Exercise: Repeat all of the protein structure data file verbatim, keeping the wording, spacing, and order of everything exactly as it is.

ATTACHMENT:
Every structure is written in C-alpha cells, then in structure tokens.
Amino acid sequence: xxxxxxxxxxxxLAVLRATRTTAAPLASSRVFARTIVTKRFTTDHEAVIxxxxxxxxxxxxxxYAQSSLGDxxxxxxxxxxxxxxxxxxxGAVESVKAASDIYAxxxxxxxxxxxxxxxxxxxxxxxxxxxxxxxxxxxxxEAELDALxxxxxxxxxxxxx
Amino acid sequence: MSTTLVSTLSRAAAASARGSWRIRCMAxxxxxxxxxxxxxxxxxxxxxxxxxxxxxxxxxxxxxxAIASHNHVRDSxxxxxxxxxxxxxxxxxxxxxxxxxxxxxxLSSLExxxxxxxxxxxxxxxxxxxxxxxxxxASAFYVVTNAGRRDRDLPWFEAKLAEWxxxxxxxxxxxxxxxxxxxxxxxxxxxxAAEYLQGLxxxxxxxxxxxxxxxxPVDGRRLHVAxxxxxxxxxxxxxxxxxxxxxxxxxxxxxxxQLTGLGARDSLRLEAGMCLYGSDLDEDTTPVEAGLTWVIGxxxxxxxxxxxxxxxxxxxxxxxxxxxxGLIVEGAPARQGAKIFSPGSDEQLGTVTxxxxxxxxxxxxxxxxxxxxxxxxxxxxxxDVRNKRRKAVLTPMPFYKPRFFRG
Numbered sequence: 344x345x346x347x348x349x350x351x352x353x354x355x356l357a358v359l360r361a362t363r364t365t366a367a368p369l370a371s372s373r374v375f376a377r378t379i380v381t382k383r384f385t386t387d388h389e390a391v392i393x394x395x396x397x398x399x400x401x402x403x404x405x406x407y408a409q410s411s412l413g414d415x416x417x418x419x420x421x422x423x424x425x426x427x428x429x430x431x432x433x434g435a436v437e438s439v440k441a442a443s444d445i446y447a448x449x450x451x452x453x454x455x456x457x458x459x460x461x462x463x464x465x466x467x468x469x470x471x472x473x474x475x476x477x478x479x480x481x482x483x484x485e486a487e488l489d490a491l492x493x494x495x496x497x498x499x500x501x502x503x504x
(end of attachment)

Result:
Every structure is written in C-alpha cells, then in structure tokens.
Amino acid sequence: xxxxxxxxxxxxLAVLRATRTTAAPLASSRVFARTIVTKRFTTDHEAVIxxxxxxxxxxxxxxYAQSSLGDxxxxxxxxxxxxxxxxxxxGAVESVKAASDIYAxxxxxxxxxxxxxxxxxxxxxxxxxxxxxxxxxxxxxEAELDALxxxxxxxxxxxxx
Amino acid sequence: MSTTLVSTLSRAAAASARGSWRIRCMAxxxxxxxxxxxxxxxxxxxxxxxxxxxxxxxxxxxxxxAIASHNHVRDSxxxxxxxxxxxxxxxxxxxxxxxxxxxxxxLSSLExxxxxxxxxxxxxxxxxxxxxxxxxxASAFYVVTNAGRRDRDLPWFEAKLAEWxxxxxxxxxxxxxxxxxxxxxxxxxxxxAAEYLQGLxxxxxxxxxxxxxxxxPVDGRRLHVAxxxxxxxxxxxxxxxxxxxxxxxxxxxxxxxQLTGLGARDSLRLEAGMCLYGSDLDEDTTPVEAGLTWVIGxxxxxxxxxxxxxxxxxxxxxxxxxxxxGLIVEGAPARQGAKIFSPGSDEQLGTVTxxxxxxxxxxxxxxxxxxxxxxxxxxxxxxDVRNKRRKAVLTPMPFYKPRFFRG
Numbered sequence: 344x345x346x347x348x349x350x351x352x353x354x355x356l357a358v359l360r361a362t363r364t365t366a367a368p369l370a371s372s373r374v375f376a377r378t379i380v381t382k383r384f385t386t387d388h389e390a391v392i393x394x395x396x397x398x399x400x401x402x403x404x405x406x407y408a409q410s411s412l413g414d415x416x417x418x419x420x421x422x423x424x425x426x427x428x429x430x431x432x433x434g435a436v437e438s439v440k441a442a443s444d445i446y447a448x449x450x451x452x453x454x455x456x457x458x459x460x461x462x463x464x465x466x467x468x469x470x471x472x473x474x475x476x477x478x479x480x481x482x483x484x485e486a487e488l489d490a491l492x493x494x495x496x497x498x499x500x501x502x503x504x